Equine expert weighs in on whether horse-drawn carriage rides are ‘inhumane’ as protesters claim

This is an archived article and the information in the article may be outdated. Please look at the time stamp on the story to see when it was last updated.

KANSAS CITY, Mo. -- More than 16,000 people have signed an online petition to ban horse-drawn carriages in Kansas City.

The push comes after a carriage ride went awry at the Plaza this weekend, injuring its driver and two of its four passengers.

The online petition is titled Ban Horse Drawn Carriages in Kansas City and was initiated by a group called Animal Action of Kansas City.

The petition claims that, “Tourists are blissfully unaware of the dangers associated with taking a ride on a horse-led wagon through busy city streets. Carriage rides in densely populated cities are cruel and put both the horse and passenger’s safety at risk.”

The petition continues to say, “Horse-drawn carriages are inherently inhumane. Carriage horses are not mentally or physically capable of being surrounded by vehicle traffic and noxious fumes. It is not safe for horses, their passengers, motorists or pedestrians.”

So FOX 4 is digging deeper into the argument that such carriage rides in a city setting are "inhumane" by learning more about the well-being and training of these horses through the eyes of an expert.

Kaitlin Salyer is the head trainer of the lesson program at Woodson Hill Equestrian Center in the Northland. She understands horses and their behavior on a deep level, as she’s been teaching horse riding for more than 15 years and has a degree in equine science.

“I think there`s something very pure about animals and their spirit,” Salyer said about why she loves her job. “They see a lot in people. Horses are very intuitive to body language and feeling and they’re very easy to connect to on a lot of levels.”

Horses pulling carriages have become the center of attention across the metro, following Saturday night's horse-drawn carriage accident at the Plaza.

Police said a horse owned by Kansas City Carriages crashed into a fence, sending its driver airborne and hurting two of four passengers.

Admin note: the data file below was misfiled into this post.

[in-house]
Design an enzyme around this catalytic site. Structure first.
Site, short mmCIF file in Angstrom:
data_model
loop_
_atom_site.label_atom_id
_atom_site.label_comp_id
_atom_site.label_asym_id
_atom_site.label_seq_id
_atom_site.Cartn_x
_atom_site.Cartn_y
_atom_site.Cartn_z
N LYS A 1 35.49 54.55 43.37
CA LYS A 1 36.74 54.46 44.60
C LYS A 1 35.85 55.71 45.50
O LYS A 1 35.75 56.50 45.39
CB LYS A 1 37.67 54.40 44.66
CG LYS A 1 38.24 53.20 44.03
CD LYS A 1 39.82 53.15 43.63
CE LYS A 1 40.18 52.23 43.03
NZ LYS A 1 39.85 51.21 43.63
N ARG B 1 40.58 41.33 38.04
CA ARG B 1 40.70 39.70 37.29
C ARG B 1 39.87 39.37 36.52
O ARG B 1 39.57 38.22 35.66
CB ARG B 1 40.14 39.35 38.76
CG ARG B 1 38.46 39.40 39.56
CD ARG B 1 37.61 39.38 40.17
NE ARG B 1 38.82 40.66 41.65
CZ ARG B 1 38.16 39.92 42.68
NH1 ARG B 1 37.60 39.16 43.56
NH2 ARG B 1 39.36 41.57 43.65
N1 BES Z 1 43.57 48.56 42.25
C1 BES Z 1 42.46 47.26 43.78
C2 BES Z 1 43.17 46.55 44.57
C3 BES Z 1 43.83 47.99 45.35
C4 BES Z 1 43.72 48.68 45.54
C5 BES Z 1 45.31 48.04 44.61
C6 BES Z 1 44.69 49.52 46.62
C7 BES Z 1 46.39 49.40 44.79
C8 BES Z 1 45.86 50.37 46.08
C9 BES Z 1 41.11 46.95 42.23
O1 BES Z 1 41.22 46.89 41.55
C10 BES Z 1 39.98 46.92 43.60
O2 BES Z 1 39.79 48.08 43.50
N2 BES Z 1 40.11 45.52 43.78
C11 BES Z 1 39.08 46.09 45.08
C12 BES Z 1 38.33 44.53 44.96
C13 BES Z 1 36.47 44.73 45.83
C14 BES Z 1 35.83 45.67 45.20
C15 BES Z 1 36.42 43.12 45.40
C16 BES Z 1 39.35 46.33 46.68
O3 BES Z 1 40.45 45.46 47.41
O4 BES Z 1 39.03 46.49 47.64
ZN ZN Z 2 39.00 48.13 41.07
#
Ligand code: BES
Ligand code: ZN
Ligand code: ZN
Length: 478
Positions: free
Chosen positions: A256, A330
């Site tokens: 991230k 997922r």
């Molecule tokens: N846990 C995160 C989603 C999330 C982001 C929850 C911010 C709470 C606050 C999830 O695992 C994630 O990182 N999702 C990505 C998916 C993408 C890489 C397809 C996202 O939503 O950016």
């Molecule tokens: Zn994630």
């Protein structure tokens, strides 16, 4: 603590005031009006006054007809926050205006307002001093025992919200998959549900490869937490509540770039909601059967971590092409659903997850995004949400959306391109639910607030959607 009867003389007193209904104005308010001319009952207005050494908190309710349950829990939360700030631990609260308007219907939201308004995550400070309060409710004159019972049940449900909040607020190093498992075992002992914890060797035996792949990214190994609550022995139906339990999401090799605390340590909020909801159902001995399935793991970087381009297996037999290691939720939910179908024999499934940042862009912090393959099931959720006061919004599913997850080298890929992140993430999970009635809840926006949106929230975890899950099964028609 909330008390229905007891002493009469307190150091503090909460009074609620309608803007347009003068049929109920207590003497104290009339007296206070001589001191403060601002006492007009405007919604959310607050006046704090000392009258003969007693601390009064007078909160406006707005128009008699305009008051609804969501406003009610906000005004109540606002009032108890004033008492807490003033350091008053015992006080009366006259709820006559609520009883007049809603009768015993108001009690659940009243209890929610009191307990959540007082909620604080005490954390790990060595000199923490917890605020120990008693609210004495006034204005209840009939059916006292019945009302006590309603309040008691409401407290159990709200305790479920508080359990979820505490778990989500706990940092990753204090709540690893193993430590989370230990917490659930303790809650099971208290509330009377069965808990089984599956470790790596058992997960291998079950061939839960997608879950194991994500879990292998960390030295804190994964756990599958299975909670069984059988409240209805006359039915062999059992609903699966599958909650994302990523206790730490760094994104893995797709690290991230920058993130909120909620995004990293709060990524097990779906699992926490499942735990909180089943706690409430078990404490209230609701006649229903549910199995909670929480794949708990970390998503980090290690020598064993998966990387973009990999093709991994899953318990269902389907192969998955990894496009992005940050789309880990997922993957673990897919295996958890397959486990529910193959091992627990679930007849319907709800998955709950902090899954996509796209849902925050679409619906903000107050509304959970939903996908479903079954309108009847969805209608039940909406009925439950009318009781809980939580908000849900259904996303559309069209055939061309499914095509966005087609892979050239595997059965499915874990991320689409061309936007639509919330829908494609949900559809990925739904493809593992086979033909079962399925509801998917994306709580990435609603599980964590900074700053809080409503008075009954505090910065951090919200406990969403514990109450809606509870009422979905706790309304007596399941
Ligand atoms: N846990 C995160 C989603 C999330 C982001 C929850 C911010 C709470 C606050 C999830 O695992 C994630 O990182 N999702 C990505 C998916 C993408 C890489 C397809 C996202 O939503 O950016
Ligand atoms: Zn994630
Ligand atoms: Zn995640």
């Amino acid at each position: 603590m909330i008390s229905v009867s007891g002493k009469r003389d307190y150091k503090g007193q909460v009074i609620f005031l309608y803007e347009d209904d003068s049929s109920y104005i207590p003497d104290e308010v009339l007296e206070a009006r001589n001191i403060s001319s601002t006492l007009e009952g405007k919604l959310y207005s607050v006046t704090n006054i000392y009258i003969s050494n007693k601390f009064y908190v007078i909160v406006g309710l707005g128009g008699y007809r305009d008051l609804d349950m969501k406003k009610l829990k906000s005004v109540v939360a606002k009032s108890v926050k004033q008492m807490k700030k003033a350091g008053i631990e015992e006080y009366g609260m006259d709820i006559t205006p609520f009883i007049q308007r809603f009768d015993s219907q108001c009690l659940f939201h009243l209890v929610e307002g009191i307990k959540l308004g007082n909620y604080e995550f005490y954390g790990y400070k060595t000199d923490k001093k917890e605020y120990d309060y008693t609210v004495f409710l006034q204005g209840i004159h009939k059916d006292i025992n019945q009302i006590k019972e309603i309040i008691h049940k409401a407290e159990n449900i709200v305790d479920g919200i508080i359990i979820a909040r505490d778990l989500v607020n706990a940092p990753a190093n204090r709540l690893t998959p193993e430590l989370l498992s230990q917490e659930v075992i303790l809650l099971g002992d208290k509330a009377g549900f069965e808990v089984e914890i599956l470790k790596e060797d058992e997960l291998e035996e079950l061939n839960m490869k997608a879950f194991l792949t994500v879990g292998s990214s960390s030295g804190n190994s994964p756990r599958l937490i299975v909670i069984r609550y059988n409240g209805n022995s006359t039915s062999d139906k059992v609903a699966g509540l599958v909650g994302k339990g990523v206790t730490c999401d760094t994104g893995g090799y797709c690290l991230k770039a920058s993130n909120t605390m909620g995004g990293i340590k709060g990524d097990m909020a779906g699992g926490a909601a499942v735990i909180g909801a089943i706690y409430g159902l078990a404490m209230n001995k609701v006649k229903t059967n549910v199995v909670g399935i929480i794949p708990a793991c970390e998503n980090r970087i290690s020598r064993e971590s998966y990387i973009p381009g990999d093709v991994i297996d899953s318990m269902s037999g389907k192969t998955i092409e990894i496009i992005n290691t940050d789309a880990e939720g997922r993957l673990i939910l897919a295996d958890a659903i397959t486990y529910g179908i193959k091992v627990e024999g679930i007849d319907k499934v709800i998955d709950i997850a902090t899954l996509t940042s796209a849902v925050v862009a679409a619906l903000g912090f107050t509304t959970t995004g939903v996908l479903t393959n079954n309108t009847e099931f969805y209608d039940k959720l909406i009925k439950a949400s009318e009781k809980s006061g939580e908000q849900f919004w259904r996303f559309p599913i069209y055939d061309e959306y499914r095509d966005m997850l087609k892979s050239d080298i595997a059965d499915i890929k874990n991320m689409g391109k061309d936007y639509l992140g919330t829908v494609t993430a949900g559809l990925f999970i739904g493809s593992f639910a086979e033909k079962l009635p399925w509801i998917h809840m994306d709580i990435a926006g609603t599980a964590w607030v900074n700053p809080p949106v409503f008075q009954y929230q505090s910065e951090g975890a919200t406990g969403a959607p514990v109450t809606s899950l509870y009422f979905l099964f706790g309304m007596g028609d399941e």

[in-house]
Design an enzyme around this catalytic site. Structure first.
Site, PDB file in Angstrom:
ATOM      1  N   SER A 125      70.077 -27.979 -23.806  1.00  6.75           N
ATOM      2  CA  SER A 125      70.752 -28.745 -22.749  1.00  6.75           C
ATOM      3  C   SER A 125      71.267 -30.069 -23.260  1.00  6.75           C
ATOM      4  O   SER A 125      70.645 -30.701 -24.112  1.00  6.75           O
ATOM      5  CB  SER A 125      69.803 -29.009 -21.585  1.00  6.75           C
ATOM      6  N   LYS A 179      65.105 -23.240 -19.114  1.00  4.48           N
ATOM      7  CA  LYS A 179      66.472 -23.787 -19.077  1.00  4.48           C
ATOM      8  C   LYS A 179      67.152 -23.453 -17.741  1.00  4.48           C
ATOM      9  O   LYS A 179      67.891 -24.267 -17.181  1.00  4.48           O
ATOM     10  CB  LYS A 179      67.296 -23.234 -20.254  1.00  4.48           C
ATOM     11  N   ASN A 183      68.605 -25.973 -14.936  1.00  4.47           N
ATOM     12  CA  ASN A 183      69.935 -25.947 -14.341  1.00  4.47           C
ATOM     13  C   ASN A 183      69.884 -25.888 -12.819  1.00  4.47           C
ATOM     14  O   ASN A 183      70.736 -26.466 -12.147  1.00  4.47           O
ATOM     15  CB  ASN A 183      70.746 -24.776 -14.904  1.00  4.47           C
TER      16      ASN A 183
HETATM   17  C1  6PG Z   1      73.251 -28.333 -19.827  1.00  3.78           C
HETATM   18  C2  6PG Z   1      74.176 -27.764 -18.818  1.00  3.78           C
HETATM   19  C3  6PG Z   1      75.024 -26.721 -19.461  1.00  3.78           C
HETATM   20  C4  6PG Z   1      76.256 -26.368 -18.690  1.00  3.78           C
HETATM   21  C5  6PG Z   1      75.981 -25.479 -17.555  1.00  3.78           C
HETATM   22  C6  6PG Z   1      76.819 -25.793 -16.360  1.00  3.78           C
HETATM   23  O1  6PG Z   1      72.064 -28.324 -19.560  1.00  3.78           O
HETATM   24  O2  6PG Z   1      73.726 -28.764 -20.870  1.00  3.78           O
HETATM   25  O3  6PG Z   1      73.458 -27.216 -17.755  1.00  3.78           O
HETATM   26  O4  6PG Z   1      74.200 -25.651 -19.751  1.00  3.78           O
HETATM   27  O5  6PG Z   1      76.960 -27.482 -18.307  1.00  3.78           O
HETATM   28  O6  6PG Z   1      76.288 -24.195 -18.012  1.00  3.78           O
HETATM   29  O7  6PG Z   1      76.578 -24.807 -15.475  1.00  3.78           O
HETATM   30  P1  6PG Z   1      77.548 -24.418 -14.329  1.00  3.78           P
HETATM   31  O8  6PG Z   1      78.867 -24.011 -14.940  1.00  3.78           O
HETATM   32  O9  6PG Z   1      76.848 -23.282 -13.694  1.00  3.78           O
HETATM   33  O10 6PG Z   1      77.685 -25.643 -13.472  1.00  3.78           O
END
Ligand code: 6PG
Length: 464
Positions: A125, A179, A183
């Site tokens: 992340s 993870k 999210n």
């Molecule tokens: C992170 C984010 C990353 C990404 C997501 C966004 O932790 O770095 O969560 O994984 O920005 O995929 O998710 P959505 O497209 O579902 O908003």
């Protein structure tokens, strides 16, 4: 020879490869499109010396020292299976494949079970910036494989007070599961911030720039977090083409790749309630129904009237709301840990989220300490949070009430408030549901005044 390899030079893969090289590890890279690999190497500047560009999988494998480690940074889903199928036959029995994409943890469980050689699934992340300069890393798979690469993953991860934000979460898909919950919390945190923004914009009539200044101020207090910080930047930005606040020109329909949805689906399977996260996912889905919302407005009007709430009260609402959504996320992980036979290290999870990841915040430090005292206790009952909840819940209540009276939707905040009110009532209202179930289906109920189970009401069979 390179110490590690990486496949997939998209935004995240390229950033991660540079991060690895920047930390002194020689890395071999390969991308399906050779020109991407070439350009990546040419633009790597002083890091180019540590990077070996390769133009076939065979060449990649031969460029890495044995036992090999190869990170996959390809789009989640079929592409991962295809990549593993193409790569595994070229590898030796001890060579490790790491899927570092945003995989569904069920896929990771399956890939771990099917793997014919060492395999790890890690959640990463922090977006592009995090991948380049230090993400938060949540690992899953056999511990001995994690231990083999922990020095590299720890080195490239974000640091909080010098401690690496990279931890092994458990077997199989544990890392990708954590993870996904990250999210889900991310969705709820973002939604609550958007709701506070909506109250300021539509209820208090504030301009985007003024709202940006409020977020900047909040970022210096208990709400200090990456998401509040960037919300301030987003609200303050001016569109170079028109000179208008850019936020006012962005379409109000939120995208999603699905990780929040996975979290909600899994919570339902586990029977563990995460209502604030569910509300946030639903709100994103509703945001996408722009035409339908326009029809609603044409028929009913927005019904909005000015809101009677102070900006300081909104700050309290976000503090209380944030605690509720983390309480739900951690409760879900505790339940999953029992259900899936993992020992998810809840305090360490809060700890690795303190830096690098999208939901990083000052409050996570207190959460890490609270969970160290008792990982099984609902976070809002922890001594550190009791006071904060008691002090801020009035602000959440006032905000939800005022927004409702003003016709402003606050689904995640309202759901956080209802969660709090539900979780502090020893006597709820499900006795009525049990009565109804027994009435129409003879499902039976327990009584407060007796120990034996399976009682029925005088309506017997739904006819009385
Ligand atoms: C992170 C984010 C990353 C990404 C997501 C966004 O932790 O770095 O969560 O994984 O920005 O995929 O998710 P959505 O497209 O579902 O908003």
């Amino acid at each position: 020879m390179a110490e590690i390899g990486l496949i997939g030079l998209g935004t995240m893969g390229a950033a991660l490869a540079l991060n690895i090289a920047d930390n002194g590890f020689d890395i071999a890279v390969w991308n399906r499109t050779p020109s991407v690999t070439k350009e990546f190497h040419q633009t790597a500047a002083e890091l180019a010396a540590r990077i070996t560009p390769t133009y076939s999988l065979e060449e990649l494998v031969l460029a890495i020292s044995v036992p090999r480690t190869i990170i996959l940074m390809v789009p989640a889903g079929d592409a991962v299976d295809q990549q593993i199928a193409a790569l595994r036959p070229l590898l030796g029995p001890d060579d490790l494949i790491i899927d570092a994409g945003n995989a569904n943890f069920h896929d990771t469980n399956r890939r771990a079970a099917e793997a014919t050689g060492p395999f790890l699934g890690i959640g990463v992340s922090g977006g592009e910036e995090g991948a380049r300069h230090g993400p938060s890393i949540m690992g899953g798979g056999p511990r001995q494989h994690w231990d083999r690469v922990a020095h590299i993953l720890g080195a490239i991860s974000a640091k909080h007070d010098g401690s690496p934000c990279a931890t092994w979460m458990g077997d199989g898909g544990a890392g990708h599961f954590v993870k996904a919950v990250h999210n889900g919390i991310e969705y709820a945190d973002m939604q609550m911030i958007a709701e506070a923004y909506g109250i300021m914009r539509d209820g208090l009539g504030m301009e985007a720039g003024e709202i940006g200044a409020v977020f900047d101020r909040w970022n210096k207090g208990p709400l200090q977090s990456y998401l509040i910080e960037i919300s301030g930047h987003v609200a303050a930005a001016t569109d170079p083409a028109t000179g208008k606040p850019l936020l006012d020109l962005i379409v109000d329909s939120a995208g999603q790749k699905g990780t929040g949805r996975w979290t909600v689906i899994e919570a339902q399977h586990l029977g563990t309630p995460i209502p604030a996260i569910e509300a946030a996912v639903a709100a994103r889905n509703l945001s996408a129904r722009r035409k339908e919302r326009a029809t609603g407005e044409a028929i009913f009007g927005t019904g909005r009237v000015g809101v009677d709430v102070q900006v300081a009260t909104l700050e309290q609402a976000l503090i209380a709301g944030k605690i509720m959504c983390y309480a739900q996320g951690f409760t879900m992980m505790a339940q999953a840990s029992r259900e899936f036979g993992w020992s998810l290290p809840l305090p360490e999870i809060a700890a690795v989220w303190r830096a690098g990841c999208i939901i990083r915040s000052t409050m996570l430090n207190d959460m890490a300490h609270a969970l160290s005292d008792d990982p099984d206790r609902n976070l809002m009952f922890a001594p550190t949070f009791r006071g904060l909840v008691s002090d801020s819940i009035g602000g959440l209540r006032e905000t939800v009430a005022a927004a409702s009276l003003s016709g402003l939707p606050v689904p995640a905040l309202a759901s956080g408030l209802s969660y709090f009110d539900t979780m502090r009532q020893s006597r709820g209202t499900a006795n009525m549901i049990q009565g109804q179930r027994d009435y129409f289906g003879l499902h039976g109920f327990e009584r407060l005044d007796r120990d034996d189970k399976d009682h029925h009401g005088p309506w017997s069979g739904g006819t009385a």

“I don`t think there’s a lot this driver could’ve done in this situation,” Salyer said. “You can’t turn hard circles to try to stop the horse, and as far as I know, she handled it as best she could.”

The driver of the carriage declined to comment Monday, and the owner of Kansas City Carriages did not return FOX 4 reporters’ repeated calls or messages. However, Kansas City police said driver error was not a factor in the crash and deemed it an “accident.”

Still, it remains unclear exactly why the horse began running out of control.

“These horses, without training them myself in this particular company, they would`ve been desensitized to traffic and car horns and city streets,” Salyer said, “and all sorts of noises from a very young age to ensure that they can be as safe as possible.”

Salyer said she does not have internal knowledge of Kansas City Carriages’ operations, but she disagreed with the online petition’s broad claims that these types of carriages in a city setting are “inhumane.”

“As far as everything I know about Kansas City and the Plaza company, they take very good care of their horses,” she said. “They are not abusing these horses. They`re not mistreated. They give them the proper shoeing. They have proper fitting equipment. They are not overworked.”

In fact, Salyer said horses are happiest when given a job, with certain breeds being specially trained to pull heavy carriages or equipment.

“They’ve been bred for thousands of years to be employed by people,” she said, “and to have a purpose. So most horses would prefer to be employed and work with people rather than sitting out in a field all day.”

In a nutshell, Salyer pointed out this weekend's carriage crash was rare, and she said it should not deter people from enjoying the Plaza tradition in the future.

“I think people should take a carriage ride and enjoy the beauty of the horse and the calmness they bring,” she said, “and know that every day we step out of our house and we take a risk. And I don’t think you’re at any more risk being in a horse-drawn carriage than you are in a car.”

Notice: you are using an outdated browser. Microsoft does not recommend using IE as your default browser. Some features on this website, like video and images, might not work properly. For the best experience, please upgrade your browser.